Contractors Bechtel National Inc., Bechtel Corporation, AECOM Energy & Construction, Inc., and Waste Treatment Completion Company, LLC will pay $57.75 million to resolve claims that they violated the False Claims Act by overbilling the Department of Energy for work on the Hanford Waste Treatment Plant.  The investigation was initiated by four whistleblowers who reported overcharging by defendants on craft labor performed by electricians, millwrights, pipefitters, and other skilled trades workers, including billing for unallowable and unreasonable idle time caused by management failures in scheduling work.  The whistleblowers will receive $13.75 million from the settlement.  USAO ED WA

September 17, 2020

LexisNexis Coplogic Solutions Inc. agreed to pay $10 million to Florida, which intervened in an action brought by whistleblower Christopher Hood under the Florida False Claims Act alleging that the company was underpaying the state.  LexisNexis contracted with the state to provide motor vehicle crash reports to the public for a small fee; a portion of the fee collected by LexisNexis, $10 per report, was to be paid by the company to the state Department of Highway Safety and Motor Vehicles.  However, the whistleblower and state alleged that LexisNexis systematically understated the number of reports it sold, thereby underpaying the state.  The relator, a former employee of LexisNexis, will receive a whistleblower award of $1.8 millionFlaEarlier settlements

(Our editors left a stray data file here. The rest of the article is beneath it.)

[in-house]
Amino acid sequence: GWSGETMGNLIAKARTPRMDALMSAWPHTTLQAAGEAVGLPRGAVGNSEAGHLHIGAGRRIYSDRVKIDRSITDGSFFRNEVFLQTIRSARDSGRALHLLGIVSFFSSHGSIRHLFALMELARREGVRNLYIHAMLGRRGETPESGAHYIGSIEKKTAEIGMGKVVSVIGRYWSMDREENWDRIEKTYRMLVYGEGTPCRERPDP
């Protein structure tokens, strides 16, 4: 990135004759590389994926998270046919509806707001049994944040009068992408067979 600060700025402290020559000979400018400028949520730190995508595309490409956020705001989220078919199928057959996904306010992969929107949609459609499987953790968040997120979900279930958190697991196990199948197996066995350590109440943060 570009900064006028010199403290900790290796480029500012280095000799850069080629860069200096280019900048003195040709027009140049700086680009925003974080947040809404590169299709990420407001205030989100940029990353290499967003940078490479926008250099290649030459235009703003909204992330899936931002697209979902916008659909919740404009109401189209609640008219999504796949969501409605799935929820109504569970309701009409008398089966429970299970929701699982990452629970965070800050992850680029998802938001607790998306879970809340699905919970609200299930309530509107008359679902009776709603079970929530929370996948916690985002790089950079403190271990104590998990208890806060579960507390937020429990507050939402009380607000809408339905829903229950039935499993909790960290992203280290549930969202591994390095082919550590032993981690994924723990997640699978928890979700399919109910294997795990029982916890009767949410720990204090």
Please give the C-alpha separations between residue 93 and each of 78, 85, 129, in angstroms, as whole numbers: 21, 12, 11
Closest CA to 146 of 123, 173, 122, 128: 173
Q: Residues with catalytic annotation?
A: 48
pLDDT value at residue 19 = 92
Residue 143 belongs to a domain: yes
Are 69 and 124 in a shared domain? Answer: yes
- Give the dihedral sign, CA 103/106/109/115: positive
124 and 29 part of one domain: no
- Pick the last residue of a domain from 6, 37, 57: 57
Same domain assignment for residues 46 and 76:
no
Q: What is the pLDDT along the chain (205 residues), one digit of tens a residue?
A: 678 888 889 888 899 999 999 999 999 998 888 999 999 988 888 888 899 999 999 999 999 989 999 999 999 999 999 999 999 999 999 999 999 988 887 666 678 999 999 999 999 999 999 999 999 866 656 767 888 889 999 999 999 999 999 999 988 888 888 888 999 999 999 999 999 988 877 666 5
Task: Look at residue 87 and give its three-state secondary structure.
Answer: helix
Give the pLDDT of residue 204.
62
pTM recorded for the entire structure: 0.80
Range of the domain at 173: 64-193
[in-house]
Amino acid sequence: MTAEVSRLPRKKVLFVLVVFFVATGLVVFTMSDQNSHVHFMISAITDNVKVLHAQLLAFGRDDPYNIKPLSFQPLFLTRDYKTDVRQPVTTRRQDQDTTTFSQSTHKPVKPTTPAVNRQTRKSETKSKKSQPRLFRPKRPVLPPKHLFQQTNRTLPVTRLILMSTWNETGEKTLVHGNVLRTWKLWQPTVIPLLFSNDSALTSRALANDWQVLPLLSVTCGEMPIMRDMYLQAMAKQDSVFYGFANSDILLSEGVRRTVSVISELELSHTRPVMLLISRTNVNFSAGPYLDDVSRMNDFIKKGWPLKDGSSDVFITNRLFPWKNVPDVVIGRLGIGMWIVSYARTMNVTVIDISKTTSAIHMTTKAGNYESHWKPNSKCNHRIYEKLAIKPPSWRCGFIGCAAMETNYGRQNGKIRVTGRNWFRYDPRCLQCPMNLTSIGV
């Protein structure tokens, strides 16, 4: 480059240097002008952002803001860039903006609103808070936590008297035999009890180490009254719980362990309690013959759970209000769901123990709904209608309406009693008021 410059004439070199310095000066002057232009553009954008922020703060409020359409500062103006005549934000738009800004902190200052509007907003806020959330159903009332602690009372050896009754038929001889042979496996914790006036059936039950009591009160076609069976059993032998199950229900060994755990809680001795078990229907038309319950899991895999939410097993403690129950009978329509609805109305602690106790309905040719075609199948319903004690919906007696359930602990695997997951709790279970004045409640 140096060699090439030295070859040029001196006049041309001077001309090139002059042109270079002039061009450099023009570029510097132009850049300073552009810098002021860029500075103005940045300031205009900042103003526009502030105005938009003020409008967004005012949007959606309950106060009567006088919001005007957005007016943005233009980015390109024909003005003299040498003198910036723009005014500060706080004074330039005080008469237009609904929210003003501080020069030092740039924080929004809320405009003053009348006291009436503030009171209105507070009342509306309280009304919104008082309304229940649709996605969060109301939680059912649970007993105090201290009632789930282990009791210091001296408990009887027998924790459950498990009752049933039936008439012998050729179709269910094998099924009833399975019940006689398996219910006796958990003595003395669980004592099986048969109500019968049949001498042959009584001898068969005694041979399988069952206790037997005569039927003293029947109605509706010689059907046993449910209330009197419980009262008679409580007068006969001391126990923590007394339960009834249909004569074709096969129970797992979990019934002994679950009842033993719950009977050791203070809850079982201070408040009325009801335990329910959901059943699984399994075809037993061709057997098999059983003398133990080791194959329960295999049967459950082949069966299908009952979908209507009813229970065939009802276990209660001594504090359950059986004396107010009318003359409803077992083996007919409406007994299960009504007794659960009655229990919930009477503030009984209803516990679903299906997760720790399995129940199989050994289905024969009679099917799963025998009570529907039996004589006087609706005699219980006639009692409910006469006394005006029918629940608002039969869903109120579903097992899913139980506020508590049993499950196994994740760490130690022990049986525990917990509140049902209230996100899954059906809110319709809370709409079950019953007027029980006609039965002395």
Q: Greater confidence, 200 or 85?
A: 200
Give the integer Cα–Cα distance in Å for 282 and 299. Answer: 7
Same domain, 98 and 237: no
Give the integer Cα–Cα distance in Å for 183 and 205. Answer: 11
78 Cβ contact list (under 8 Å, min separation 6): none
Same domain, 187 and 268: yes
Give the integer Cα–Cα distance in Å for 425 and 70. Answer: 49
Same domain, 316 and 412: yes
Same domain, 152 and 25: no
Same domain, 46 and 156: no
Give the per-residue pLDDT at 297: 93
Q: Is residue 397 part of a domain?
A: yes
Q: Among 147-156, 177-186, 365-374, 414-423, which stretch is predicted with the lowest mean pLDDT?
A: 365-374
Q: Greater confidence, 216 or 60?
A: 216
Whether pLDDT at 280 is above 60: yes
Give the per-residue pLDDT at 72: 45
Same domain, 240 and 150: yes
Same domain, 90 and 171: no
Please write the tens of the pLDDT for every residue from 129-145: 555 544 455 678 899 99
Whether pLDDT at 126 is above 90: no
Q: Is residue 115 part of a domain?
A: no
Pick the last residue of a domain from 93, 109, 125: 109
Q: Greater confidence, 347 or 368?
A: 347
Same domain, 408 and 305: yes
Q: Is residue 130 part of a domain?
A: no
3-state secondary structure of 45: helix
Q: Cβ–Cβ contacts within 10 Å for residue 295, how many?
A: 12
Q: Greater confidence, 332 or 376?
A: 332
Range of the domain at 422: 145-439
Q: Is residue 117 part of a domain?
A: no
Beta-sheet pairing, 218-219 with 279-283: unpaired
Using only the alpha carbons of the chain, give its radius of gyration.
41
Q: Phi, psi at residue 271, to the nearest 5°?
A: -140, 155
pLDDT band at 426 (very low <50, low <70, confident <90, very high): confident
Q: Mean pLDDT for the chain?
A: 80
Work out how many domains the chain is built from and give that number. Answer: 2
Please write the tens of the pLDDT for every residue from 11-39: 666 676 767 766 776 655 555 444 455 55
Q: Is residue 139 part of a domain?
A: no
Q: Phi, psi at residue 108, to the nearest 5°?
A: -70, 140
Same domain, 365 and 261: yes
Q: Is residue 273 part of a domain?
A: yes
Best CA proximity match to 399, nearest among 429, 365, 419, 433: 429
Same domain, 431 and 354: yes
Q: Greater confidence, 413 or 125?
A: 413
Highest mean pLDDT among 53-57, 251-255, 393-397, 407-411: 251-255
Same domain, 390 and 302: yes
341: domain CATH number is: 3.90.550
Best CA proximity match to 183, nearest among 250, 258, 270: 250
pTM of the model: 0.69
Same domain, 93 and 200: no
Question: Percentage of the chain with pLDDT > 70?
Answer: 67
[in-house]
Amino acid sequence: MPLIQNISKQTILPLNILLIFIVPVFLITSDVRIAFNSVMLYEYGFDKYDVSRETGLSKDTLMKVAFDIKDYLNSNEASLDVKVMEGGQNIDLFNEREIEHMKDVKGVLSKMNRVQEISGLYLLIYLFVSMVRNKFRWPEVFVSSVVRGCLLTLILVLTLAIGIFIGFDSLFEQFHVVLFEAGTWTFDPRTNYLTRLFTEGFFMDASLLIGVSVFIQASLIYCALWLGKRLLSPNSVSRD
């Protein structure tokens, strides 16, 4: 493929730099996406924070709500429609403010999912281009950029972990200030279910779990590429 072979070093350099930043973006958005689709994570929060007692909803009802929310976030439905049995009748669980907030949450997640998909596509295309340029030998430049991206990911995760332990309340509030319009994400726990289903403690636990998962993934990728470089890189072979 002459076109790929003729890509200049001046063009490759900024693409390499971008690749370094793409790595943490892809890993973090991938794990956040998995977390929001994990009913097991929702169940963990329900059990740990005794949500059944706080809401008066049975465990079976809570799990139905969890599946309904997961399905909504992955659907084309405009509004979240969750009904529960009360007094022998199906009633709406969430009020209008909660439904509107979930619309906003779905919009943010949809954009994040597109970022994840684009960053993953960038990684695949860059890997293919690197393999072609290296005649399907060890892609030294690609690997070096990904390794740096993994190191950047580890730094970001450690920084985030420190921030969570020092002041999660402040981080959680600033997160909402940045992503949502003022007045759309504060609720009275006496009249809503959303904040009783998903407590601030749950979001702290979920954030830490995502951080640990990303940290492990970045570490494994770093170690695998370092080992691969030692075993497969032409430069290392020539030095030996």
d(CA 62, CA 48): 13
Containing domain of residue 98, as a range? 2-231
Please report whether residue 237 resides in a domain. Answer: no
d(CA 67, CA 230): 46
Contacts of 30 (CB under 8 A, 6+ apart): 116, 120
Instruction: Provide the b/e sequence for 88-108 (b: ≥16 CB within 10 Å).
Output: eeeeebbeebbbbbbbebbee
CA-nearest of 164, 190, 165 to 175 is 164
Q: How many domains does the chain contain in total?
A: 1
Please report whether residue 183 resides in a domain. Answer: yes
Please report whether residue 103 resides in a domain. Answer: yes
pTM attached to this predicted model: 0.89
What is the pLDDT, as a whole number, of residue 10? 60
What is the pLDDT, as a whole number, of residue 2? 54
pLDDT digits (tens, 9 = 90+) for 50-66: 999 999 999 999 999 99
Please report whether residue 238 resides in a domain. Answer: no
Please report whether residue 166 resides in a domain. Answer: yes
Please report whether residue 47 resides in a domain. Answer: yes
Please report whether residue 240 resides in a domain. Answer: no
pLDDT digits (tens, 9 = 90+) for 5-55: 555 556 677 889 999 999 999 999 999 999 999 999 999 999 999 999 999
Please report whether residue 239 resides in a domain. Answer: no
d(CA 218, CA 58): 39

September 10, 2020

Asphalt contractor Dave O’Mara Contractor, Inc. will pay $4.25 million to resolve claims that in performing and billing for repaving work that was funded in part by the Federal Highway Administration, they falsely represented that they were including steel slag in the asphalt mixture when they were not in fact doing so, increasing the chance that the roads would prematurely deteriorate. DOJ; USAO SD IN

For Garlic Powder They Got Maltodextrin

Posted  08/28/20
By Jessica T. Moore
The centuries-old yet enduring fraud of cheap-substitutions for quality foodstuffs reared its head during the U.S. Civil War when the government bought supplies from contractors: “For sugar, it often got sand; for coffee, rye; for leather, something no better than brown paper; for sound horses and mules, spavined beasts and dying donkeys; and for serviceable muskets and pistols, the experimental failures of sanguine...

Catch of the Week: Tacoma foundry pays 10.8M settlement over deficient steel parts destined for U.S. Navy submarines, falsified tests

Posted  06/18/20
US-Navy-ships-in-the-middle-of-the-ocean
The latest in our Catch of the Week series features Bradken Inc.’s $10.8 million payment to resolve allegations that its Tacoma foundry violated the False Claims Act (“FCA”) when it produced and sold substandard steel parts for U.S. Navy submarines and falsified test results to hide the failures. Bradken and its former lab director Elaine Thomas also face criminal charges. The company accepted responsibility and...

June 16, 2020

The U.S. Navy’s leading supplier of high-yield steel for submarines, Bradken Inc., has agreed to pay $10.8 million and comply with a three-year deferred prosecution agreement in order to settle allegations it violated the False Claims Act through its Tacoma foundry producing and selling steel that failed to meet certain strength standards required by the Navy.  In 2017, the defense contractor discovered and self-disclosed that test results for a substantial portion of its steel productions, spanning thirty years, had been improperly altered by then director of metallurgy, Elaine Thomas, causing shipbuilders to submit false claims to the Navy.  DOJ; USAO WDWA